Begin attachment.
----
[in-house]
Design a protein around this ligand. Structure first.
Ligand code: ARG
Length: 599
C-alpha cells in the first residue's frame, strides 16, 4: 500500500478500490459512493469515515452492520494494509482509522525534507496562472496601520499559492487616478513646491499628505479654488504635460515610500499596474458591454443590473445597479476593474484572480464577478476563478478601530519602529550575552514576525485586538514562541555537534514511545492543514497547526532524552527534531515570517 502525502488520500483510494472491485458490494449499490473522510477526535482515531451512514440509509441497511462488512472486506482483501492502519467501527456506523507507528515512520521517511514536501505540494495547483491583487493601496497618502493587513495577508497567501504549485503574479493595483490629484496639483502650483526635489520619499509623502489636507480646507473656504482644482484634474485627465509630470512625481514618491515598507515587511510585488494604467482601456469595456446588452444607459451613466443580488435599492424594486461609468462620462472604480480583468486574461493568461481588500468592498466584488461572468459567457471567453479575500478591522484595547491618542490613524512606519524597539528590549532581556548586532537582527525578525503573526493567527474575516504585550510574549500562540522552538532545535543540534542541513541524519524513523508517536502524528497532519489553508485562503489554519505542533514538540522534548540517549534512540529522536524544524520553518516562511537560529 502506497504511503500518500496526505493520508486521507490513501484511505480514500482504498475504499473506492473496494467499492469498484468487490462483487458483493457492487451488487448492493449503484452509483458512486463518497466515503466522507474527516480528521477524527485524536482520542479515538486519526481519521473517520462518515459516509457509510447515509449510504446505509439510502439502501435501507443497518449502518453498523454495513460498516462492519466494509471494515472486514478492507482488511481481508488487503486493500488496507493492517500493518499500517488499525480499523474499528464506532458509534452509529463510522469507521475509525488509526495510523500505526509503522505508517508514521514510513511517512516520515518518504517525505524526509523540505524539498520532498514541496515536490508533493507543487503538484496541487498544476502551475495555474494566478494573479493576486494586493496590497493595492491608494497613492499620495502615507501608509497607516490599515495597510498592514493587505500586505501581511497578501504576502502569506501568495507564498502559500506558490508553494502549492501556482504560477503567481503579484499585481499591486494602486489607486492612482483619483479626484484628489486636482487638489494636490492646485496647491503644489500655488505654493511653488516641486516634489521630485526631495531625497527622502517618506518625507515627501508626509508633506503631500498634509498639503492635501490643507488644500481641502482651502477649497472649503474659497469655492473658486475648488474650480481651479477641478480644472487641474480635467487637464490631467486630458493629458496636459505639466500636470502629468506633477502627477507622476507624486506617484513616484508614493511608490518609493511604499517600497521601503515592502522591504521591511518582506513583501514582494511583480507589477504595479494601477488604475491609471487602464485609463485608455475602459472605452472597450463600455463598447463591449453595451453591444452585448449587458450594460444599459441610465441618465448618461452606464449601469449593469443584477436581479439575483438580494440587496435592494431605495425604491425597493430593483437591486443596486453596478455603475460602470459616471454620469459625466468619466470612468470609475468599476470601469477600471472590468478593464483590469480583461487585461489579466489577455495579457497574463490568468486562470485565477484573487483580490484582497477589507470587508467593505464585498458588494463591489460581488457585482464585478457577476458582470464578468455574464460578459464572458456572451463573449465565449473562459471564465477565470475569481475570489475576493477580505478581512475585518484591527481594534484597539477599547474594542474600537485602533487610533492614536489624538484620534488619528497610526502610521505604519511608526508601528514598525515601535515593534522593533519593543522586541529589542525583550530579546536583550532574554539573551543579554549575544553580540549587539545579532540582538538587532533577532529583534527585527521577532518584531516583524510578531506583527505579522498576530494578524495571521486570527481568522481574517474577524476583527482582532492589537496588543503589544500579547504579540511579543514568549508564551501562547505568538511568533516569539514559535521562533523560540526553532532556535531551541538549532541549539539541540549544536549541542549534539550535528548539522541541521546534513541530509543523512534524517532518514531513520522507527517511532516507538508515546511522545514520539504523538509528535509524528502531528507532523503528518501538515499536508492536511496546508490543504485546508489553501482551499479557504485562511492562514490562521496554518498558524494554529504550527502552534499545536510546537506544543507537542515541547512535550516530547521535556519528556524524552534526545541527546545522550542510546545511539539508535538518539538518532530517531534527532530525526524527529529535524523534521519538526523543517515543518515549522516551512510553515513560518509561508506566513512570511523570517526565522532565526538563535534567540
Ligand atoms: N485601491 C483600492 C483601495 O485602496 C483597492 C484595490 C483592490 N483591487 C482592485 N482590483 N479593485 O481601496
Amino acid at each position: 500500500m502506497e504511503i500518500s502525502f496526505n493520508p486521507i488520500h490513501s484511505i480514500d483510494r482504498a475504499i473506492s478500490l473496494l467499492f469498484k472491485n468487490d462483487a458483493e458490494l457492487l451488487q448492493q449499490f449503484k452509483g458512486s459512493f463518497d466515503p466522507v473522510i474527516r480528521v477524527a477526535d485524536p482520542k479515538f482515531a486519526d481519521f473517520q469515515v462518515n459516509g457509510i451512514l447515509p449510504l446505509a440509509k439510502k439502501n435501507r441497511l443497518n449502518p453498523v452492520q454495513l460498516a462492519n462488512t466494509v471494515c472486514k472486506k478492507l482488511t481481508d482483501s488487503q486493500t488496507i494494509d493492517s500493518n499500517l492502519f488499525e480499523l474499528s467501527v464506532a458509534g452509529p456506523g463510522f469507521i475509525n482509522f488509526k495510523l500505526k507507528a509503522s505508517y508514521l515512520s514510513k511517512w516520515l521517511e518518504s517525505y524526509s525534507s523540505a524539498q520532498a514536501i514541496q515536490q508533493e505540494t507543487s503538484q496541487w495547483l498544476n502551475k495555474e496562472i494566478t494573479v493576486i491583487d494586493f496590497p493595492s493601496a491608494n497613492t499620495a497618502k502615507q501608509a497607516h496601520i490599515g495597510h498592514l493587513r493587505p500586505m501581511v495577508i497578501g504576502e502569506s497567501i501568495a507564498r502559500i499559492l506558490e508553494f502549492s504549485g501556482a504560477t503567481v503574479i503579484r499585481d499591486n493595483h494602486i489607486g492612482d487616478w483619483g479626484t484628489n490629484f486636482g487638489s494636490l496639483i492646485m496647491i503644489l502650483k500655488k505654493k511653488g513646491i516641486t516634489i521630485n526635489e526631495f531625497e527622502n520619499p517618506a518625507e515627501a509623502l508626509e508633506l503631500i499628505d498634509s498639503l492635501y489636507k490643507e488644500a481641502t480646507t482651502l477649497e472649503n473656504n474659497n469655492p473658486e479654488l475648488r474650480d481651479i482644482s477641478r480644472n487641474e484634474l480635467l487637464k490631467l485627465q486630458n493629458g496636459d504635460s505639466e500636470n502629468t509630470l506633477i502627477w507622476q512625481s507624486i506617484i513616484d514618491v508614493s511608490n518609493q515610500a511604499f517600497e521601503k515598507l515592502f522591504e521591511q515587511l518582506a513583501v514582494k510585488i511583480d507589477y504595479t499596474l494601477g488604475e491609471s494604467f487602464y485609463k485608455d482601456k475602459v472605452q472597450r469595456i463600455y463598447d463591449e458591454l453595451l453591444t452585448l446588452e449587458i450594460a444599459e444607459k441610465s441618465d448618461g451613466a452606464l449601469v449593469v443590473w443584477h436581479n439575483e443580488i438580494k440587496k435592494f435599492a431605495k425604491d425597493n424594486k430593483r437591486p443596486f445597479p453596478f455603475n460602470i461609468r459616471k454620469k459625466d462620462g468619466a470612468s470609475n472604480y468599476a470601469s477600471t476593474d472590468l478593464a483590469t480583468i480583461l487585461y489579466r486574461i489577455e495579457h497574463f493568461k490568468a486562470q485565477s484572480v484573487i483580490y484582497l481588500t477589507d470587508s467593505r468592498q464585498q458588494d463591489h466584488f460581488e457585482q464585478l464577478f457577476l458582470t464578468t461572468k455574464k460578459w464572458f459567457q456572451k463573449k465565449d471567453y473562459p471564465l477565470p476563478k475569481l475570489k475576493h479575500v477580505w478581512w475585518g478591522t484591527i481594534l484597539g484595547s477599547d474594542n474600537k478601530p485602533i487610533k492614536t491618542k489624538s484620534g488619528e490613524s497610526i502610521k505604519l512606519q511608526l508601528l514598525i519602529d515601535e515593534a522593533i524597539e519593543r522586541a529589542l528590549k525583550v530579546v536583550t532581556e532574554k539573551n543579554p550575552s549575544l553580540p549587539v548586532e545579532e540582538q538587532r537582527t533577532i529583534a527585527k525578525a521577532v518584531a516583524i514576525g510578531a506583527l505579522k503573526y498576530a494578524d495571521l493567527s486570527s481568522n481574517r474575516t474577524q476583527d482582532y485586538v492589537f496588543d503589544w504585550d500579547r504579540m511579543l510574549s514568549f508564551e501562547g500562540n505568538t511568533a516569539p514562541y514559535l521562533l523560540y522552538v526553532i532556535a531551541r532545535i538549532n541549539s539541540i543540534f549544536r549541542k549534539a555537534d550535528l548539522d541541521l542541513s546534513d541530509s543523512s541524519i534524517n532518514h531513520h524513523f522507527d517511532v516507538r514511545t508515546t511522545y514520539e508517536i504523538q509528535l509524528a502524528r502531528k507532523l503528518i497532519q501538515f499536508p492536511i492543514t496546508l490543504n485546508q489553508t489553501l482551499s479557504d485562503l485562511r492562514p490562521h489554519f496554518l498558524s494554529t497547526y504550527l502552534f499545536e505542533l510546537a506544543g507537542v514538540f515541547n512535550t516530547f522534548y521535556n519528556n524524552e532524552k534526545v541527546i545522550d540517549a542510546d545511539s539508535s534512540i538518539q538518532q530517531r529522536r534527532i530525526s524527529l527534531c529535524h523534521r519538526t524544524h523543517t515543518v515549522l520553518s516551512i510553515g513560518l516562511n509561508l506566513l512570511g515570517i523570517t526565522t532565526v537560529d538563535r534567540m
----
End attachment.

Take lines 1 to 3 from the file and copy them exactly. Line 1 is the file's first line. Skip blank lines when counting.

[in-house]
Design a protein around this ligand. Structure first.
Ligand code: ARG